Large language samples can help you write code – or rewrite ads so they look modern. They can make it easier to quickly understand the main points of a research paper or news story by writing and answering questions. Or they could get things wrong awkwardly.
Large language templates like GPT-3 are key to search engines like Google and Bing, as well as providing suggested responses in email and chat, trying to finish your sentence in Word and running coding helpers like GitHub Copilot.
But it’s also not perfect. Usually considerations of the harm they can cause focus on what you get by learning from everything that is posted on the web, which includes the less positive opinions some hold. Large language models trained on huge text sources such as an online community can end up repeating some rather offensive remarks. And when the model learns from writing with a common bias, such as a group of interviewers referring to men by their surnames and women by their first names or by assuming that men are doctors and nurses, those biases are more likely to emerge in what the model writes.
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Possible harms with code generation include that the code is wrong but looks right; It’s still up to the programmer to review the AI-powered suggestions and make sure they understand what they’re doing, but not everyone will.
The “human in the loop” review phase is important for the responsible use of large language models, as it is a way to solve a problem before the script is published or the code goes into production. Code licenses are one of the issues when it comes to writing code, but AI-generated text can create all kinds of headaches, some embarrassing and some more dangerous.
The way large linguistic models work is by predicting the next word in a sentence, the next word after that, the next word after that, and so on, all the way to the end of the sentence, the paragraph or code snippet, looking at each word in the context of all the words around it.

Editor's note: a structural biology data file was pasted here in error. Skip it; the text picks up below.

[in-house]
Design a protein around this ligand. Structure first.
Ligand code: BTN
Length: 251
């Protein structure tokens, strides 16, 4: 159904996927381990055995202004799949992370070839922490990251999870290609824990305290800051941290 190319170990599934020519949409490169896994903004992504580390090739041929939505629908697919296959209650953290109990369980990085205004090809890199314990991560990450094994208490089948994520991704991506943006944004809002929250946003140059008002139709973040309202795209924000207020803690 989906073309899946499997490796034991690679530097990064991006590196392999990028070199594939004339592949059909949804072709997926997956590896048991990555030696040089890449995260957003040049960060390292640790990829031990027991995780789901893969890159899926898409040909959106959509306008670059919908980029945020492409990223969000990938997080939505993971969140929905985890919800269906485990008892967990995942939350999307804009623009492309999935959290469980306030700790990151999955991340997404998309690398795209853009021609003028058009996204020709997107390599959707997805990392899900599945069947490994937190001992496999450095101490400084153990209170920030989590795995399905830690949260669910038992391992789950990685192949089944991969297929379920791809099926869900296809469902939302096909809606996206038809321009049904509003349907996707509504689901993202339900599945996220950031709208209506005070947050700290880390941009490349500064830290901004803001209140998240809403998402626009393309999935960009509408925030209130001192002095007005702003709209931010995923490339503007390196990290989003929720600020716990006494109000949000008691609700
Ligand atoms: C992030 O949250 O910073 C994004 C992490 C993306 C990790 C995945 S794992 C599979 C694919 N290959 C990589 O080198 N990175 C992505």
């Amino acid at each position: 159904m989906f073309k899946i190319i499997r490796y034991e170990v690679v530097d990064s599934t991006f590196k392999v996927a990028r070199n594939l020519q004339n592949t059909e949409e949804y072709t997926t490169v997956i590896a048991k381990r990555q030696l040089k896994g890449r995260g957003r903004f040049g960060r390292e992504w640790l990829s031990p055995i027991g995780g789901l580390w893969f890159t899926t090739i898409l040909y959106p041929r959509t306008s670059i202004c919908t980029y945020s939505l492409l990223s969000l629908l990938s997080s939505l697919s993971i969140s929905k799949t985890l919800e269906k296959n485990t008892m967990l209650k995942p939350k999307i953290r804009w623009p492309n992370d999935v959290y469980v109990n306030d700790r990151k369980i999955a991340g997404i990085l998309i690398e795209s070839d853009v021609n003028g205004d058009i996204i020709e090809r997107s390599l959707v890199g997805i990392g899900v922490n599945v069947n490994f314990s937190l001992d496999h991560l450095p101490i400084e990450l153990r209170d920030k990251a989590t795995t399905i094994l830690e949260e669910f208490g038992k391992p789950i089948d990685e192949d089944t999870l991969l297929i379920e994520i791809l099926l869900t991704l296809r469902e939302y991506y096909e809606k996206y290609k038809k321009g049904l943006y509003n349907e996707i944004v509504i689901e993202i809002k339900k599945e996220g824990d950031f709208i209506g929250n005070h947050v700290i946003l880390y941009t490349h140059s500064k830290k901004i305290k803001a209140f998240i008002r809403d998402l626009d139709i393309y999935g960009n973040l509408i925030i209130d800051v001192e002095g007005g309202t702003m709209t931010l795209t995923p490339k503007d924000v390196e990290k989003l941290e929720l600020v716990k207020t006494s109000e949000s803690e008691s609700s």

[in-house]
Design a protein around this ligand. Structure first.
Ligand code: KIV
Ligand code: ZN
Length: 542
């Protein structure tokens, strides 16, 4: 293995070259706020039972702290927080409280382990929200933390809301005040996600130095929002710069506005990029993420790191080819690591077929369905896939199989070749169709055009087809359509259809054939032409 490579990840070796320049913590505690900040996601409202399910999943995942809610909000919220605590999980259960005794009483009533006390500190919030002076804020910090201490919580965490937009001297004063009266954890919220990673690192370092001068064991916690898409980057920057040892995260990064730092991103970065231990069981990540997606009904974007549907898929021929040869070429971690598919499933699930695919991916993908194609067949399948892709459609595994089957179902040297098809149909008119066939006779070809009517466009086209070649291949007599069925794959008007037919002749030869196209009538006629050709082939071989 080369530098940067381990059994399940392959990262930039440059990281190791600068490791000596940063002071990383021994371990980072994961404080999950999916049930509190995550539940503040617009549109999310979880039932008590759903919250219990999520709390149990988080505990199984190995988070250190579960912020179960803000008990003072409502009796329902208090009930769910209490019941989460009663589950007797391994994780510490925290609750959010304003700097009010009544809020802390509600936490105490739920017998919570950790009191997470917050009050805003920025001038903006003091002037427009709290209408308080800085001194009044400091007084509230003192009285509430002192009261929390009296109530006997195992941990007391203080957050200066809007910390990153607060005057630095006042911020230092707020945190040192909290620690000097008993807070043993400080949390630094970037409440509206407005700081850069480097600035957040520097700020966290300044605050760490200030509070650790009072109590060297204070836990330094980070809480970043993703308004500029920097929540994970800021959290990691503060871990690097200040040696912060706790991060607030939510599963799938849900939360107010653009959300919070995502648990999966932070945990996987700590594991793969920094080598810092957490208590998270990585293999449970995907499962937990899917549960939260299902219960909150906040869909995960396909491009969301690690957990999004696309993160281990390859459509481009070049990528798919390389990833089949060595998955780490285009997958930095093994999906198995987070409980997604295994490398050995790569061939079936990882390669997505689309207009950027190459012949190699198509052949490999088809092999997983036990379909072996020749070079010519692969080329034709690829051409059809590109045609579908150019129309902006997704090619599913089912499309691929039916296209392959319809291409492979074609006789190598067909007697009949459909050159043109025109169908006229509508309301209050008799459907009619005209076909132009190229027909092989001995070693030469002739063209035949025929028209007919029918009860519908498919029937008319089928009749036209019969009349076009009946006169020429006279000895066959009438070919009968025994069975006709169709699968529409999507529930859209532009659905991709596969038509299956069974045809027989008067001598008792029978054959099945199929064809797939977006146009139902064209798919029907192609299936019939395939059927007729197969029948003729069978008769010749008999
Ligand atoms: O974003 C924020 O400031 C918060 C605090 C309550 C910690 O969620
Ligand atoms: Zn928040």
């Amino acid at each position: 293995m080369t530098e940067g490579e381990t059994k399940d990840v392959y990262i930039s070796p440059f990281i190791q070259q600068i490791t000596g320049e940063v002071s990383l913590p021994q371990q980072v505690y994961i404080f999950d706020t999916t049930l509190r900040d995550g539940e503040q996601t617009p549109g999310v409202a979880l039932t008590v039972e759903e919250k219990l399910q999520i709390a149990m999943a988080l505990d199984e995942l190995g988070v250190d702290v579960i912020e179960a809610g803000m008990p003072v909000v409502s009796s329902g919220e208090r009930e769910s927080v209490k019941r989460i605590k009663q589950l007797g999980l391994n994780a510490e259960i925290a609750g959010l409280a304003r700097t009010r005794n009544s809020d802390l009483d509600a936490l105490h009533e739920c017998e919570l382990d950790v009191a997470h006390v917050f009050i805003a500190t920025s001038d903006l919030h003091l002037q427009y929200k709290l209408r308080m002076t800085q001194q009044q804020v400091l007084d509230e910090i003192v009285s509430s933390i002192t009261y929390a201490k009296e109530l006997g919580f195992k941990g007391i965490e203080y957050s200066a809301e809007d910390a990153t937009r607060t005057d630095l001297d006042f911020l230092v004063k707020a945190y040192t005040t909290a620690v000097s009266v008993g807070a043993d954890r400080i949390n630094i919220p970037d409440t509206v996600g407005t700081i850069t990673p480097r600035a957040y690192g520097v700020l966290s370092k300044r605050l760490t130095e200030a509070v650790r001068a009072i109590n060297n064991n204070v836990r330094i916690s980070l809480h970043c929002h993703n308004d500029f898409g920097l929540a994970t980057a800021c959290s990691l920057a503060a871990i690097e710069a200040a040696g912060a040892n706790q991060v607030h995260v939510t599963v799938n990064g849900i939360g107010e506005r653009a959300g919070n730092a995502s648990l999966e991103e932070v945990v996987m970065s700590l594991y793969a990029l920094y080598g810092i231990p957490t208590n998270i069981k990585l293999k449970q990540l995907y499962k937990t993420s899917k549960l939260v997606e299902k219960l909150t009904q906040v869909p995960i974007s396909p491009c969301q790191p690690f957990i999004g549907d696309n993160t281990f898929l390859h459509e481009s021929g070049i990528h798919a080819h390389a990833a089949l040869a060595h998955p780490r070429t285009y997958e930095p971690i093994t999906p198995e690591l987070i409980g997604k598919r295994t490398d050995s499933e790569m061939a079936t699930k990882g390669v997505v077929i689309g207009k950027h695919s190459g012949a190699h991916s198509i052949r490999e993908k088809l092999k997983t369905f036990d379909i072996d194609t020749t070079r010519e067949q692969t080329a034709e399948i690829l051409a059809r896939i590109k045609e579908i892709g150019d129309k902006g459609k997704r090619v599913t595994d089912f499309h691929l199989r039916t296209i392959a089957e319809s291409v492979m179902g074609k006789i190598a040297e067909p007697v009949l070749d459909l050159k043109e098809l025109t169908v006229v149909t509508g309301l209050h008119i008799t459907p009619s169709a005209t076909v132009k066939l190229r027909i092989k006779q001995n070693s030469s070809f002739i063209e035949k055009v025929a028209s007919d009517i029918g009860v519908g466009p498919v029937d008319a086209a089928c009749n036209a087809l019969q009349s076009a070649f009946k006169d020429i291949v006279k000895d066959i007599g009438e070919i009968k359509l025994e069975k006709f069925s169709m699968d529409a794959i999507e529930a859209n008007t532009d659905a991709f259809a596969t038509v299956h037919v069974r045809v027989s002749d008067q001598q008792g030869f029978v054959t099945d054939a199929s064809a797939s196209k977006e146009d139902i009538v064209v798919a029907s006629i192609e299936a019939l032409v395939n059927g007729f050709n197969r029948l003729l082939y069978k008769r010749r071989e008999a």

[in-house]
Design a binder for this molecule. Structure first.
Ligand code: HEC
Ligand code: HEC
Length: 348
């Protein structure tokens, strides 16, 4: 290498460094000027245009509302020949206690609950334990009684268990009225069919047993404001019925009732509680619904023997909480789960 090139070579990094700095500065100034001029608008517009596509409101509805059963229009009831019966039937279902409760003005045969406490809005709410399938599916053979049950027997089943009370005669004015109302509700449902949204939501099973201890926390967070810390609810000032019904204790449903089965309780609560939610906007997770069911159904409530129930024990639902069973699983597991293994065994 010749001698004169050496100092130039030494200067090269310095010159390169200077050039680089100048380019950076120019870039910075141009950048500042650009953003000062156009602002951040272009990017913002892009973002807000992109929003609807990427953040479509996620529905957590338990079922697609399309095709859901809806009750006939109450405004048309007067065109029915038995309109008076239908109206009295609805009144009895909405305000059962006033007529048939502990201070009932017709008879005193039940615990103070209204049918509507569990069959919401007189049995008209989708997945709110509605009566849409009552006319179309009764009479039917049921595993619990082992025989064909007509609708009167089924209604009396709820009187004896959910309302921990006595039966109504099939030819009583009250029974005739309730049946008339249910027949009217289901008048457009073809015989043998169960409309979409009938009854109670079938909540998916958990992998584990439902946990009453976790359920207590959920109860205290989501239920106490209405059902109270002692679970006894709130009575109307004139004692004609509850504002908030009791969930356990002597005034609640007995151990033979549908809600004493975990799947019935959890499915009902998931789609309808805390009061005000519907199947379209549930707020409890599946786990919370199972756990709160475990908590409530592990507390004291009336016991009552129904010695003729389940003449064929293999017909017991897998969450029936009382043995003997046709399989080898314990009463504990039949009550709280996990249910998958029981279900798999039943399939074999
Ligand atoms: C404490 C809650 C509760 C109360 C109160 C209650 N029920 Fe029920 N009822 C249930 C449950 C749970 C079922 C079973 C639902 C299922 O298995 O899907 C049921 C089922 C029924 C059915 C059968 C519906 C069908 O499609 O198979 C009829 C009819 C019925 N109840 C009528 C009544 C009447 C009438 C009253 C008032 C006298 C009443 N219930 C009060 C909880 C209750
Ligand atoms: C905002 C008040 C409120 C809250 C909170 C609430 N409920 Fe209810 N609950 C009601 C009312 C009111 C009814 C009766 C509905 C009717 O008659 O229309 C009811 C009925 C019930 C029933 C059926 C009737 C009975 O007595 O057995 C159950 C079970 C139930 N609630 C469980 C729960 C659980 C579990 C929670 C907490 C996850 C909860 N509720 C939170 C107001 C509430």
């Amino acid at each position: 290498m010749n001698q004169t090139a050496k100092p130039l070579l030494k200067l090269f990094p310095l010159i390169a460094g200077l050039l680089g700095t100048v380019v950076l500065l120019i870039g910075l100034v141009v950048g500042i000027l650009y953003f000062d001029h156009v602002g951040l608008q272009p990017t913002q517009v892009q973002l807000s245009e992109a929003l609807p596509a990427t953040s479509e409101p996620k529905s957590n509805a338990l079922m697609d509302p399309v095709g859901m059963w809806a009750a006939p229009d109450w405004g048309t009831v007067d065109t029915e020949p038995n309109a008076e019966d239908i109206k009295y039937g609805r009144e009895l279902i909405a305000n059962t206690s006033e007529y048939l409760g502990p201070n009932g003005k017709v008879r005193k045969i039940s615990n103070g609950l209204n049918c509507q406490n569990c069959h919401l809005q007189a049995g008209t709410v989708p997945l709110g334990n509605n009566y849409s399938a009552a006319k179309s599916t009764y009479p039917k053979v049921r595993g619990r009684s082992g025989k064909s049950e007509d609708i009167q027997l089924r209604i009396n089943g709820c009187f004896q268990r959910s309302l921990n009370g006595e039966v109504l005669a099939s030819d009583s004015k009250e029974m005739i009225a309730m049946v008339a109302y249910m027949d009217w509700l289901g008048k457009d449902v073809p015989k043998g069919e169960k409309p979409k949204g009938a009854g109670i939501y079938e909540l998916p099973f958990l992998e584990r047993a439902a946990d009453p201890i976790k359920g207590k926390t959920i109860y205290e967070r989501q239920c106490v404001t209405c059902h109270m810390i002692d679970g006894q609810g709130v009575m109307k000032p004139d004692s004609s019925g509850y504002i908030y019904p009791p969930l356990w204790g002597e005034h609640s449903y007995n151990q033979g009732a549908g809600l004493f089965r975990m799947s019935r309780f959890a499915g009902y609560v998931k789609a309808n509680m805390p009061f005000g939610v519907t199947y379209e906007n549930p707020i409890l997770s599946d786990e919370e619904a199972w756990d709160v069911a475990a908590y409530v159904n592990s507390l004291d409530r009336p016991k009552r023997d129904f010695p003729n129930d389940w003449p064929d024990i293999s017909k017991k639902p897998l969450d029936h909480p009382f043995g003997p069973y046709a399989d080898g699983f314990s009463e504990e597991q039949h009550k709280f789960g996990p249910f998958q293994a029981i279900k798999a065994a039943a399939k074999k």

This means that the search engine can understand that a search query that asks “what can aggravate a concussion” is asking what to do when someone suffers a head injury, not about the symptoms or causes of concussion.
Another approach is to pair large language models with different types of machine learning models to avoid whole classes of damage. Choosing the most likely word can mean that a large language model only gives you clear answers; Like always answering “birds” when asked “what can fly” and never “butterflies” or “airline passenger vaccination”. Adding a binary model that characterizes different types of birds might make you “can fly, except for ostriches, penguins, and other flightless birds.”
Using a binary model in conjunction with a large language model is one example of how Bing can use multiple AI models to answer questions. A lot of them are there to deal with the number of different ways we have to say the same thing.